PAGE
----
Opinion | Why students should recognise that mental health isn’t so different from physical health

FULL ARTICLE

Alex, Bristol Nightline

Trigger warning: mentions of mental health

Have you ever come across our saying “We’re here to listen, not lecture”?

Maybe you haven’t, but you may have heard of Bristol Nightline at some point during university.

If you’ve ever wondered why mental health can be such a struggle, you aren’t alone. I know I certainly have, and there isn’t always a straight-forward answer. But one way we can reimagine the stigma around it is by treating mental health with the same respect that you would treat your physical health.

Now, what does that have to do with being at university? In my opinion, for most people it is a new beginning, trying to fit in and discover yourself; which can be a struggle. Let alone leaving home for the first time. As you can see, the list goes on.

There is quite a range of topics students bring up in conversations, especially during the pandemic. Often people may be struggling much more than you’d think.

One of the main issues is the way we think about mental health. Though nowadays there is less stigma attached to it, unfortunately it is still present.

We can fix a cold, but for someone struggling with mental health it can be harder to help

To a certain degree it’s understandable; it’s human nature to hesitate about the unknown.

We can’t pin point exactly what it is or how it works, and poor mental health presents itself in so many different ways that it can be overwhelming.  It’s easier to label someone as ‘different’ than to do something to help them.

But is mental health any different from physical health? Whilst you can see the differences, mental health is still a manifestation of health.

We can fix a cold, but for someone struggling with mental health we can’t just look inside their brain and pick apart their brain cells, so it can be harder to help.

Both a cold and a day where you feel down have got a lot more in common than you think. Mental health has medical manifestations, just like a cold. May it be smiling and laughing with friends or social withdrawal; these are manifestations of one’s wellbeing.

Why not treat mental health with the same respect as physical health and look after oneself and each other? This is where Bristol Nightline tries to play a role.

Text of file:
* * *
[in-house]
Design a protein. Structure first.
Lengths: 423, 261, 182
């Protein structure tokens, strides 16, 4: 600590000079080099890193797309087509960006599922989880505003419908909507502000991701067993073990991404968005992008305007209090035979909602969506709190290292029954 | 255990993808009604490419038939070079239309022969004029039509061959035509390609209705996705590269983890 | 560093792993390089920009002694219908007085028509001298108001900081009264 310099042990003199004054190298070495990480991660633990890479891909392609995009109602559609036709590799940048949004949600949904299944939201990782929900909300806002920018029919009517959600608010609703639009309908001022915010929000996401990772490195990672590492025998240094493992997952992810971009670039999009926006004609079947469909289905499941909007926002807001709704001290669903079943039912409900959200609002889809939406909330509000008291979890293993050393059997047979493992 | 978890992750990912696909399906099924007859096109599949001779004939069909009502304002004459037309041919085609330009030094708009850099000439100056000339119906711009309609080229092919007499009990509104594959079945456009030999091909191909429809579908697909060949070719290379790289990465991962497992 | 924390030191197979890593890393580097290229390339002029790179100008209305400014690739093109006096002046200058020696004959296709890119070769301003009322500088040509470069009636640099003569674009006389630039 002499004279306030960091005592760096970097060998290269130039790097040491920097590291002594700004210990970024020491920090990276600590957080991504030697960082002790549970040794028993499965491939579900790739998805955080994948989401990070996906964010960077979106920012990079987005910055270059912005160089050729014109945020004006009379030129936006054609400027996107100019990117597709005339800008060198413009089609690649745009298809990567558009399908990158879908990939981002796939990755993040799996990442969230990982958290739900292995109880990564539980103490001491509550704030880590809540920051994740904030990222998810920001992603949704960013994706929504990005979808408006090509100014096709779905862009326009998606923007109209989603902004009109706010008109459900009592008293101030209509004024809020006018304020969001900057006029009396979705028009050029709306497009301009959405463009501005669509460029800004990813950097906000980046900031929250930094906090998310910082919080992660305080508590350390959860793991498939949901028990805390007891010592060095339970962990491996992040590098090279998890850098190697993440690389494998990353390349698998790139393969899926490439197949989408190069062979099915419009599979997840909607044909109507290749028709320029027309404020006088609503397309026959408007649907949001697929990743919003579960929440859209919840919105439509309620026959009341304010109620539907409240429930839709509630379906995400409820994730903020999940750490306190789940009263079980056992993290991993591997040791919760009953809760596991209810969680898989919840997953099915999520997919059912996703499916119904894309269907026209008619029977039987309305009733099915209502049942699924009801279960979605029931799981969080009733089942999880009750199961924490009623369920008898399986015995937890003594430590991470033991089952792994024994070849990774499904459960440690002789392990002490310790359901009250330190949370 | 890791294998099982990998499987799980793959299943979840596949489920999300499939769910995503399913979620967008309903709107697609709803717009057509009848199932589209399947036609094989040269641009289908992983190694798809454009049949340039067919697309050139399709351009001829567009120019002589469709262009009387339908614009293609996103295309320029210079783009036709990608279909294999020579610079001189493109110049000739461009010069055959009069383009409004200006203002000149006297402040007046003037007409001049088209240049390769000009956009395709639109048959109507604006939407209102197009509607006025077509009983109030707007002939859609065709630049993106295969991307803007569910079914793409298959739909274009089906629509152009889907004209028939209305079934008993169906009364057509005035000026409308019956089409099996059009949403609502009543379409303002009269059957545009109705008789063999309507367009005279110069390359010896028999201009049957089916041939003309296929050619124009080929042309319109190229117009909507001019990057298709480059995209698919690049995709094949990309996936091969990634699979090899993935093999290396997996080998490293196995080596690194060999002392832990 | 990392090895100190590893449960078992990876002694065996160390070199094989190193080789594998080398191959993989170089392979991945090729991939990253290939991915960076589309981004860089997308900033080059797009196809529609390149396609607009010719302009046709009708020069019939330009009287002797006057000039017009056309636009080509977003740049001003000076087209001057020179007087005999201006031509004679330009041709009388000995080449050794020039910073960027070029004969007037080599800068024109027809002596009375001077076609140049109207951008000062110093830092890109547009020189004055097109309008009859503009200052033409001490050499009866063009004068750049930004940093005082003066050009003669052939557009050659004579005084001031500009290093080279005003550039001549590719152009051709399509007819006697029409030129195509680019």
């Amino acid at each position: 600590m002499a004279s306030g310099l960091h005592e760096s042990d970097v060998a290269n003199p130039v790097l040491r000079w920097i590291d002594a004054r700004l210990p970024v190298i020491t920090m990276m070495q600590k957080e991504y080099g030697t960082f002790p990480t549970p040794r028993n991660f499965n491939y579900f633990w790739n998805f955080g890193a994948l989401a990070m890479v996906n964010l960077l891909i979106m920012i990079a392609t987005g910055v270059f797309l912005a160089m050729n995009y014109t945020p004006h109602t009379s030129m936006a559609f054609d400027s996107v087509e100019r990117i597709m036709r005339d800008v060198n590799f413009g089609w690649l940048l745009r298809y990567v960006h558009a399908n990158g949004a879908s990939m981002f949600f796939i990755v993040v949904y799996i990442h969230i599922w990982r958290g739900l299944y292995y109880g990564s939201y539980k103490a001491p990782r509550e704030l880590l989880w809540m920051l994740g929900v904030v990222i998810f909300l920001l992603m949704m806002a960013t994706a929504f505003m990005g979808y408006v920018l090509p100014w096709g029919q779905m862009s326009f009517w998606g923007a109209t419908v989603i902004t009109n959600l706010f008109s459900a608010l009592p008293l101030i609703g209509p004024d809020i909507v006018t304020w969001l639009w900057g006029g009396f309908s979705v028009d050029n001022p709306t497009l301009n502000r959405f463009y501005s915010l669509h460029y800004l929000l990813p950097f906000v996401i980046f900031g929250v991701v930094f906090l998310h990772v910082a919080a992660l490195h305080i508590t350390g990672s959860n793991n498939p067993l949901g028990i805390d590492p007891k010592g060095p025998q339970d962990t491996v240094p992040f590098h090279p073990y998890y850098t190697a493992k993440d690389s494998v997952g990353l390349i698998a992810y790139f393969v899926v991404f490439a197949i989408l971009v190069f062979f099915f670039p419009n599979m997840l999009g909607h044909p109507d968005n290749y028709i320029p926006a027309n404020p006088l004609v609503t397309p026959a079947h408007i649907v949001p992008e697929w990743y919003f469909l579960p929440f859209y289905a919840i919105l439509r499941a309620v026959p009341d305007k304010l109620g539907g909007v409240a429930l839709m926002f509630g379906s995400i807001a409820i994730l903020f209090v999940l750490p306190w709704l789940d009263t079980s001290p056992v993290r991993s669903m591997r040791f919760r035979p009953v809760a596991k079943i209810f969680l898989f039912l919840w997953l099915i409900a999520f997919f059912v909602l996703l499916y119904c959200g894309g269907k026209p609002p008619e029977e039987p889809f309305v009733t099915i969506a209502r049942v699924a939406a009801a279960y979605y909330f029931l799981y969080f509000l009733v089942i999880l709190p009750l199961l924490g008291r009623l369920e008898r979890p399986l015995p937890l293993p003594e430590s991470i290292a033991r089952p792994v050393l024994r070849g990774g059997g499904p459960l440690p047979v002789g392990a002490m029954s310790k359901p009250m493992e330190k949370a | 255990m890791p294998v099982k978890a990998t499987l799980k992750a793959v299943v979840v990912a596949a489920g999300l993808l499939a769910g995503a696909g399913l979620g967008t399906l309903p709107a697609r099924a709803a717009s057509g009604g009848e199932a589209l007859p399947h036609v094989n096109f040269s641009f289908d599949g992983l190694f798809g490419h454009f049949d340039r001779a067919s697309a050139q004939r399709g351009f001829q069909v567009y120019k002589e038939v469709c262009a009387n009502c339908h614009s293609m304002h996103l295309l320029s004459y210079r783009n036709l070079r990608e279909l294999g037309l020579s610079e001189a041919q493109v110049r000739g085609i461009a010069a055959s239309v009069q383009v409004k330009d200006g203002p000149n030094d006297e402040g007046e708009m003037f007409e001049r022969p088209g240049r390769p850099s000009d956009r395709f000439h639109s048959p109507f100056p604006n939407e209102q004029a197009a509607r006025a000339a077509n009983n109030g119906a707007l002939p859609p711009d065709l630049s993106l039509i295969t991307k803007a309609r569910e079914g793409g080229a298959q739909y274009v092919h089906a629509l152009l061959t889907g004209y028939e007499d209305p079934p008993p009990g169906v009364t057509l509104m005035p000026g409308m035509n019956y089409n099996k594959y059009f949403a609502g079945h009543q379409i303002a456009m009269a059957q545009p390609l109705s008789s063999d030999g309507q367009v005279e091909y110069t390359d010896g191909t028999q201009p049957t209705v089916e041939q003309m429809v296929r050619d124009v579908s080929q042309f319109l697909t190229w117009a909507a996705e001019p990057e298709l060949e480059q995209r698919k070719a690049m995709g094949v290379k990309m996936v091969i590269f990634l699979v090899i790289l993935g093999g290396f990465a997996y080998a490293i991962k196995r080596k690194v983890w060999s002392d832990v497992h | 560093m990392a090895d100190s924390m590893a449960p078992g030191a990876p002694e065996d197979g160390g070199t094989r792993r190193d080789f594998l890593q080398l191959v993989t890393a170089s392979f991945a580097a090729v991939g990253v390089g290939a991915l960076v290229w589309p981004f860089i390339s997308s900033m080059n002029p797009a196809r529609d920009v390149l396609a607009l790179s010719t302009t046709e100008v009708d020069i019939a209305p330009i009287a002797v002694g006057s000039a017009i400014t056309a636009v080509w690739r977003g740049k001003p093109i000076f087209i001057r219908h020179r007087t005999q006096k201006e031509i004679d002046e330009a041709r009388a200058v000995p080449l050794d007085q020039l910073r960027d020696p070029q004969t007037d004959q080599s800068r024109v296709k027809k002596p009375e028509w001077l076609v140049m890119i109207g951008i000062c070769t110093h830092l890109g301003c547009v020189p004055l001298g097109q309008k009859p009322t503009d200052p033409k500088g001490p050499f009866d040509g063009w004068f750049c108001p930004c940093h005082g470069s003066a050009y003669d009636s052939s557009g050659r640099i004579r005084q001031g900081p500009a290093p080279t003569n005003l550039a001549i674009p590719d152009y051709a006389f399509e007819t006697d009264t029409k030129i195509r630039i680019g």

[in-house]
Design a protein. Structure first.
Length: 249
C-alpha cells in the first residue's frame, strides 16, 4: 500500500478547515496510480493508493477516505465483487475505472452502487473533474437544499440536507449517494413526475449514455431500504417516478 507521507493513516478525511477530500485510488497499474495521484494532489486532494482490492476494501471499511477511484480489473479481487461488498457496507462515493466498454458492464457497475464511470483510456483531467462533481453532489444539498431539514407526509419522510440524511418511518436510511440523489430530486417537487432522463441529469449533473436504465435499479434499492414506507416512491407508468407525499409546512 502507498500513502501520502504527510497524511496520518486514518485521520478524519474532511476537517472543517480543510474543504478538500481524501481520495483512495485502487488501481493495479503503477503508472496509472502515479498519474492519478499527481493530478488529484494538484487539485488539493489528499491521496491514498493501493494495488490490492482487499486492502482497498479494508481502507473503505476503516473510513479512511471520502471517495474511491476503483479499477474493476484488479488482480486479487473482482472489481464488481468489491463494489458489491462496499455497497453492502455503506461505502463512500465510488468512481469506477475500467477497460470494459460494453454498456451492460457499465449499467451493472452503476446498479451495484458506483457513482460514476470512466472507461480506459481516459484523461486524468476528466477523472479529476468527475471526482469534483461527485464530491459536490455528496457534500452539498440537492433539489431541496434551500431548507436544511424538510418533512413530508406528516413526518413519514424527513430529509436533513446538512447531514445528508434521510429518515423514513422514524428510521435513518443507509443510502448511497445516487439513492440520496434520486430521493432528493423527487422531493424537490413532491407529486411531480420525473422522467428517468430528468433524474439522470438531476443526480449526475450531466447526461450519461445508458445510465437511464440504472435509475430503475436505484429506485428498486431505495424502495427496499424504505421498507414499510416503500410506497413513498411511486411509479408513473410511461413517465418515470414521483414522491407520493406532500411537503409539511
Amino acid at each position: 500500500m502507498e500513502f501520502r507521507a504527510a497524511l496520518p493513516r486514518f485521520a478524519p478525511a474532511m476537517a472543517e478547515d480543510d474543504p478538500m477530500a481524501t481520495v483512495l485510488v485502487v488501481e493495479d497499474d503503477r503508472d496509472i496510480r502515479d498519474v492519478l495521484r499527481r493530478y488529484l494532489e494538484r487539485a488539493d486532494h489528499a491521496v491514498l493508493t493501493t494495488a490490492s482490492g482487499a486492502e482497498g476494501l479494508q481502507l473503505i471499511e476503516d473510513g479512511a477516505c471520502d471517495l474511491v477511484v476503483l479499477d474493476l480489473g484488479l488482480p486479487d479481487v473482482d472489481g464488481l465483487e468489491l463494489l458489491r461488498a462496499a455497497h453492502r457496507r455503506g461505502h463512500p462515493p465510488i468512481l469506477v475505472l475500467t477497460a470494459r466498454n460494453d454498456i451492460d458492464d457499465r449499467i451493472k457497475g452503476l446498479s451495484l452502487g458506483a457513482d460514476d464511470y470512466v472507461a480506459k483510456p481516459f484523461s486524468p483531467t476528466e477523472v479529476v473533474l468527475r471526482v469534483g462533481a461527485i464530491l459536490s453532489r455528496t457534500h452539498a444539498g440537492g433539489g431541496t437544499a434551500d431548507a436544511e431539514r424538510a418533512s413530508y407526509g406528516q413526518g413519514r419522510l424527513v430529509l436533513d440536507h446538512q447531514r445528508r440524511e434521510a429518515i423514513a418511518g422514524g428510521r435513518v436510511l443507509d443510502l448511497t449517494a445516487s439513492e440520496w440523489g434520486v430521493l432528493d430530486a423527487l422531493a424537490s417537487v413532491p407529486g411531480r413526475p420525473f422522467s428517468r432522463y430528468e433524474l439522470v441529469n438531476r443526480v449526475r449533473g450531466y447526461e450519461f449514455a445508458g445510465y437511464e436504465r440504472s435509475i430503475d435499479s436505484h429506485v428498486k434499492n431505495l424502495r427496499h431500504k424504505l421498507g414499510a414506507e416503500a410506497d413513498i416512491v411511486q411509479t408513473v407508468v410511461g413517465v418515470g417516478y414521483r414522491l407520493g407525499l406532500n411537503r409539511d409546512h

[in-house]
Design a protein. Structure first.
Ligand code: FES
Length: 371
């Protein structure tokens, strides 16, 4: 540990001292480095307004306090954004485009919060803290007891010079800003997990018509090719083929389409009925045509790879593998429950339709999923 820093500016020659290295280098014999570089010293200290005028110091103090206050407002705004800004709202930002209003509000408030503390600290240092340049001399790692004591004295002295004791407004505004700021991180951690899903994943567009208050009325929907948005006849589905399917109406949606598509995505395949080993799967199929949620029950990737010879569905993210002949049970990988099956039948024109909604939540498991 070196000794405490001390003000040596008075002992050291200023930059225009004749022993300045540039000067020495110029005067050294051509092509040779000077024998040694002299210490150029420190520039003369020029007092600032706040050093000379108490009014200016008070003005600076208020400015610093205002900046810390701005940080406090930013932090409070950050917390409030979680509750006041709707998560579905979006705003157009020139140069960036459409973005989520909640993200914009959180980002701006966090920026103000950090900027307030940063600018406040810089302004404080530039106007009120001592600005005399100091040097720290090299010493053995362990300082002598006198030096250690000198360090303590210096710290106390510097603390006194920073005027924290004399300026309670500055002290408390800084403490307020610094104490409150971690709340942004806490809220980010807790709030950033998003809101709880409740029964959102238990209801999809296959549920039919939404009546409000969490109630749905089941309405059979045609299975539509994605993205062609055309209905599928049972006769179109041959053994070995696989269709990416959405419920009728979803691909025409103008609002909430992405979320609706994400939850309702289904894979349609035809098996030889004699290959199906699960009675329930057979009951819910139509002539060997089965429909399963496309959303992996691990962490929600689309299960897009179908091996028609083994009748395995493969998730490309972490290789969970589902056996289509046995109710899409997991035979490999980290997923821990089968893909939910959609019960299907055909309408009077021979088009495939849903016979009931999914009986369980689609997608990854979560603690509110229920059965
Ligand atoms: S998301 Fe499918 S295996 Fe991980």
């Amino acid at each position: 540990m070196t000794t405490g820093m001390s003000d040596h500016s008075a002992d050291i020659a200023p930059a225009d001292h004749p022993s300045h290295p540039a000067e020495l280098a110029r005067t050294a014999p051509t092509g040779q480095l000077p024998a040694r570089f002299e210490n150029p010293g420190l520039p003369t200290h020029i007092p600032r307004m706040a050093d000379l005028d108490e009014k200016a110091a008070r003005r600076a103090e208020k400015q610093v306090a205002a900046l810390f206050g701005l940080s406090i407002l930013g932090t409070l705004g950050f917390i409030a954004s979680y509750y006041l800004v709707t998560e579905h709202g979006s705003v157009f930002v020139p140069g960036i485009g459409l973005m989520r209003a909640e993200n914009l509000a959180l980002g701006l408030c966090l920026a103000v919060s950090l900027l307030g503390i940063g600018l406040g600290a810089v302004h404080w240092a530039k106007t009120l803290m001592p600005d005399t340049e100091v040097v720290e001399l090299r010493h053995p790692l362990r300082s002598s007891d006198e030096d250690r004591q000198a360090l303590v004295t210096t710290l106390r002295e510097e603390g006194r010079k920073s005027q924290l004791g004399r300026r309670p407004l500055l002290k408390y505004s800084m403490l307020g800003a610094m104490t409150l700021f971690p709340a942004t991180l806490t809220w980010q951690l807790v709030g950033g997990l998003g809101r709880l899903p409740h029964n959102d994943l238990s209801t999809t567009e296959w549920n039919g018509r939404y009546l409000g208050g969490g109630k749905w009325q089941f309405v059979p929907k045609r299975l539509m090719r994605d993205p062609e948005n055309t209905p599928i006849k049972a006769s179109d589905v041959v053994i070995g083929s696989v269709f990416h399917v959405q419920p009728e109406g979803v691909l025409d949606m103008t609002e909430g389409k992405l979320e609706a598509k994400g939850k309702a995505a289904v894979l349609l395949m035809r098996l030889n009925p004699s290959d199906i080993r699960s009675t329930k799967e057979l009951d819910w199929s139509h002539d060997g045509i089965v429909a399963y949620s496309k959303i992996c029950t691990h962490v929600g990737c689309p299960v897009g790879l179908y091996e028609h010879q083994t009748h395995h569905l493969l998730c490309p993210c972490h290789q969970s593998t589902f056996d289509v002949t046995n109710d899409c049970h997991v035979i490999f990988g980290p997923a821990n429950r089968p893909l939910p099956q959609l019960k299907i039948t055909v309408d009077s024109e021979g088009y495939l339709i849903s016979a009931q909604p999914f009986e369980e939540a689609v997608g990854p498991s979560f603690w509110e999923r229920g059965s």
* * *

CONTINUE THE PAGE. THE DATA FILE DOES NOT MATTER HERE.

Though I am not an expert in the field, as part of my medical training I have had the opportunity to come across a wide range of both physical and mental health conditions. I could write a whole essay answering that question, but talking a lot is what probably led to Socrates being poisoned. Instead, I will give you an example to put things in perspective.

Bristol Nightline are here to support you

Someone living with diabetes, a physical long-term health condition, must adhere to specific treatments. If they don’t they will inevitably suffer health implications down the line.

Mental illnesses, despite the stigma surrounding them, are not so different. If the condition is overlooked, just like diabetes, the consequences could be just as serious as for a sufferer of diabetes.

So, why are we not treating mental health with the same respect as we do physical health?

Changing public mentality is a difficult task to do overnight but little steps could be the way forward.

We at Bristol Nightline are here to help support you. All you need to do is reach out to us, after all, we are only one phone call away.

We are a volunteer service, run by students for students. We are open during term time between 8pm and 8am. All we do is listen to anyone who wants to talk, no issue is too big or too small.

Everything stays confidential, anonymous, and we are non-judgemental, so you can tell us as little or as much as you feel comfortable with.

How to get a hold of us? We are on the back of your U-cards.

Featured image: Unsplash / Alexander Andrews


To get in touch with Bristol Nightline, click here

Want to make your opinion heard on campus? Join the Opinion writers' group on Facebook!

AUTHOR